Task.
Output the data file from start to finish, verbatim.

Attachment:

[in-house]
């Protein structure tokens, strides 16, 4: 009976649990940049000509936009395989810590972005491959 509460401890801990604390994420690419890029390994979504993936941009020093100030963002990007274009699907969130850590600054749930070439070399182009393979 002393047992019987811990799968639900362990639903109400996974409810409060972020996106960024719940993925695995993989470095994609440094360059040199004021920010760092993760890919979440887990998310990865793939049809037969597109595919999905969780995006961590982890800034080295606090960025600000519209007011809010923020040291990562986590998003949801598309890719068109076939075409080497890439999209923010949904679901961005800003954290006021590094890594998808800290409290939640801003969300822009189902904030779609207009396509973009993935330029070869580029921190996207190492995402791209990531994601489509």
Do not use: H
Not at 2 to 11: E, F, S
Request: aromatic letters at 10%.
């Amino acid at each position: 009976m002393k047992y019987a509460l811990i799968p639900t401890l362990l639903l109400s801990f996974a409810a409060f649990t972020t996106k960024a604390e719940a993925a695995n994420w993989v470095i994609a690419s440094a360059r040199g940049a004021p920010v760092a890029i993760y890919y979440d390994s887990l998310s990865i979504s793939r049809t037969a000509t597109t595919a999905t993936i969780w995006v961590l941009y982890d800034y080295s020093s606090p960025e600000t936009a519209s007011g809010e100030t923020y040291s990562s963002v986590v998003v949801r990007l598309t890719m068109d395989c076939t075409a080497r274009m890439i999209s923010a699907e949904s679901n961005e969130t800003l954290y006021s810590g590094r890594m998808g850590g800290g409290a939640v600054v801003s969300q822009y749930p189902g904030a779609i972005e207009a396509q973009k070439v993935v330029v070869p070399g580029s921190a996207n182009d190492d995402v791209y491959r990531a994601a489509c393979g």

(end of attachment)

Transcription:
[in-house]
């Protein structure tokens, strides 16, 4: 009976649990940049000509936009395989810590972005491959 509460401890801990604390994420690419890029390994979504993936941009020093100030963002990007274009699907969130850590600054749930070439070399182009393979 002393047992019987811990799968639900362990639903109400996974409810409060972020996106960024719940993925695995993989470095994609440094360059040199004021920010760092993760890919979440887990998310990865793939049809037969597109595919999905969780995006961590982890800034080295606090960025600000519209007011809010923020040291990562986590998003949801598309890719068109076939075409080497890439999209923010949904679901961005800003954290006021590094890594998808800290409290939640801003969300822009189902904030779609207009396509973009993935330029070869580029921190996207190492995402791209990531994601489509």
Do not use: H
Not at 2 to 11: E, F, S
Request: aromatic letters at 10%.
């Amino acid at each position: 009976m002393k047992y019987a509460l811990i799968p639900t401890l362990l639903l109400s801990f996974a409810a409060f649990t972020t996106k960024a604390e719940a993925a695995n994420w993989v470095i994609a690419s440094a360059r040199g940049a004021p920010v760092a890029i993760y890919y979440d390994s887990l998310s990865i979504s793939r049809t037969a000509t597109t595919a999905t993936i969780w995006v961590l941009y982890d800034y080295s020093s606090p960025e600000t936009a519209s007011g809010e100030t923020y040291s990562s963002v986590v998003v949801r990007l598309t890719m068109d395989c076939t075409a080497r274009m890439i999209s923010a699907e949904s679901n961005e969130t800003l954290y006021s810590g590094r890594m998808g850590g800290g409290a939640v600054v801003s969300q822009y749930p189902g904030a779609i972005e207009a396509q973009k070439v993935v330029v070869p070399g580029s921190a996207n182009d190492d995402v791209y491959r990531a994601a489509c393979g």